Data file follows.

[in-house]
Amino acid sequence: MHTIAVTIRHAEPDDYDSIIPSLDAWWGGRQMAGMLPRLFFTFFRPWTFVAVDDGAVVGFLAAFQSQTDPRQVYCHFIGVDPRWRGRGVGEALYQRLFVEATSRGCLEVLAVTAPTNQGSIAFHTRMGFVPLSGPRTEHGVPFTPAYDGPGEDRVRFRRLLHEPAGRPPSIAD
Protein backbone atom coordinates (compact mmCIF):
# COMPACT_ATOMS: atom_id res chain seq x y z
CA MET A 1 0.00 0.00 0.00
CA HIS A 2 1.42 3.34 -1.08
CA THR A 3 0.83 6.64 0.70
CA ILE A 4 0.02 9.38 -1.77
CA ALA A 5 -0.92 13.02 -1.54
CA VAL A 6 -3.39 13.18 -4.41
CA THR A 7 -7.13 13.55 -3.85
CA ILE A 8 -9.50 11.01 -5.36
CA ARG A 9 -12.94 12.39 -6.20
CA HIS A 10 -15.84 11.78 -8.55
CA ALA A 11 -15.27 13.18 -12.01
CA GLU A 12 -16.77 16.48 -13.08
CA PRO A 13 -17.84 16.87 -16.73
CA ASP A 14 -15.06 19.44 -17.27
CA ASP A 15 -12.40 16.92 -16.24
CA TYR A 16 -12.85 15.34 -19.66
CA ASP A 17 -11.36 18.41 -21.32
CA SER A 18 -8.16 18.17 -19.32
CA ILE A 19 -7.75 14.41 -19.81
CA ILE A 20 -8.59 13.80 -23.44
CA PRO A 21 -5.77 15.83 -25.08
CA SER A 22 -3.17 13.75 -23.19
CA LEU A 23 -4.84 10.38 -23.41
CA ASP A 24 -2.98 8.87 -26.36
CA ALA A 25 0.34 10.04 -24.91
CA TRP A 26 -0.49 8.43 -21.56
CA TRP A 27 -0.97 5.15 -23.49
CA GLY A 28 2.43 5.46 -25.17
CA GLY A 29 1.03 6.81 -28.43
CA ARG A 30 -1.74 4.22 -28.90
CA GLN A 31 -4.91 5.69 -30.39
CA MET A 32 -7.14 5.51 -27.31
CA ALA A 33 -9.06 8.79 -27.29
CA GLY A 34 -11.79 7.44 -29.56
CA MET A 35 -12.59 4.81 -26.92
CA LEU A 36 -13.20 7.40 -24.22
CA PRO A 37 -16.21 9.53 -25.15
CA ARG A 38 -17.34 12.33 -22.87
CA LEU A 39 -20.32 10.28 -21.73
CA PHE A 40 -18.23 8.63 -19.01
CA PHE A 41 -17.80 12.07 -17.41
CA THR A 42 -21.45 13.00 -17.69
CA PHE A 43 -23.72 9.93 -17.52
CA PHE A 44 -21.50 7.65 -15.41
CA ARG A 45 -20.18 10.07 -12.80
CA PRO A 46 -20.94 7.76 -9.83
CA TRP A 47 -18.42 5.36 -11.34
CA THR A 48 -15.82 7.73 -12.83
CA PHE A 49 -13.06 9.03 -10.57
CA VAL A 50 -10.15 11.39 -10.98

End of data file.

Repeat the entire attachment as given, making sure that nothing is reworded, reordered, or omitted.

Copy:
[in-house]
Amino acid sequence: MHTIAVTIRHAEPDDYDSIIPSLDAWWGGRQMAGMLPRLFFTFFRPWTFVAVDDGAVVGFLAAFQSQTDPRQVYCHFIGVDPRWRGRGVGEALYQRLFVEATSRGCLEVLAVTAPTNQGSIAFHTRMGFVPLSGPRTEHGVPFTPAYDGPGEDRVRFRRLLHEPAGRPPSIAD
Protein backbone atom coordinates (compact mmCIF):
# COMPACT_ATOMS: atom_id res chain seq x y z
CA MET A 1 0.00 0.00 0.00
CA HIS A 2 1.42 3.34 -1.08
CA THR A 3 0.83 6.64 0.70
CA ILE A 4 0.02 9.38 -1.77
CA ALA A 5 -0.92 13.02 -1.54
CA VAL A 6 -3.39 13.18 -4.41
CA THR A 7 -7.13 13.55 -3.85
CA ILE A 8 -9.50 11.01 -5.36
CA ARG A 9 -12.94 12.39 -6.20
CA HIS A 10 -15.84 11.78 -8.55
CA ALA A 11 -15.27 13.18 -12.01
CA GLU A 12 -16.77 16.48 -13.08
CA PRO A 13 -17.84 16.87 -16.73
CA ASP A 14 -15.06 19.44 -17.27
CA ASP A 15 -12.40 16.92 -16.24
CA TYR A 16 -12.85 15.34 -19.66
CA ASP A 17 -11.36 18.41 -21.32
CA SER A 18 -8.16 18.17 -19.32
CA ILE A 19 -7.75 14.41 -19.81
CA ILE A 20 -8.59 13.80 -23.44
CA PRO A 21 -5.77 15.83 -25.08
CA SER A 22 -3.17 13.75 -23.19
CA LEU A 23 -4.84 10.38 -23.41
CA ASP A 24 -2.98 8.87 -26.36
CA ALA A 25 0.34 10.04 -24.91
CA TRP A 26 -0.49 8.43 -21.56
CA TRP A 27 -0.97 5.15 -23.49
CA GLY A 28 2.43 5.46 -25.17
CA GLY A 29 1.03 6.81 -28.43
CA ARG A 30 -1.74 4.22 -28.90
CA GLN A 31 -4.91 5.69 -30.39
CA MET A 32 -7.14 5.51 -27.31
CA ALA A 33 -9.06 8.79 -27.29
CA GLY A 34 -11.79 7.44 -29.56
CA MET A 35 -12.59 4.81 -26.92
CA LEU A 36 -13.20 7.40 -24.22
CA PRO A 37 -16.21 9.53 -25.15
CA ARG A 38 -17.34 12.33 -22.87
CA LEU A 39 -20.32 10.28 -21.73
CA PHE A 40 -18.23 8.63 -19.01
CA PHE A 41 -17.80 12.07 -17.41
CA THR A 42 -21.45 13.00 -17.69
CA PHE A 43 -23.72 9.93 -17.52
CA PHE A 44 -21.50 7.65 -15.41
CA ARG A 45 -20.18 10.07 -12.80
CA PRO A 46 -20.94 7.76 -9.83
CA TRP A 47 -18.42 5.36 -11.34
CA THR A 48 -15.82 7.73 -12.83
CA PHE A 49 -13.06 9.03 -10.57
CA VAL A 50 -10.15 11.39 -10.98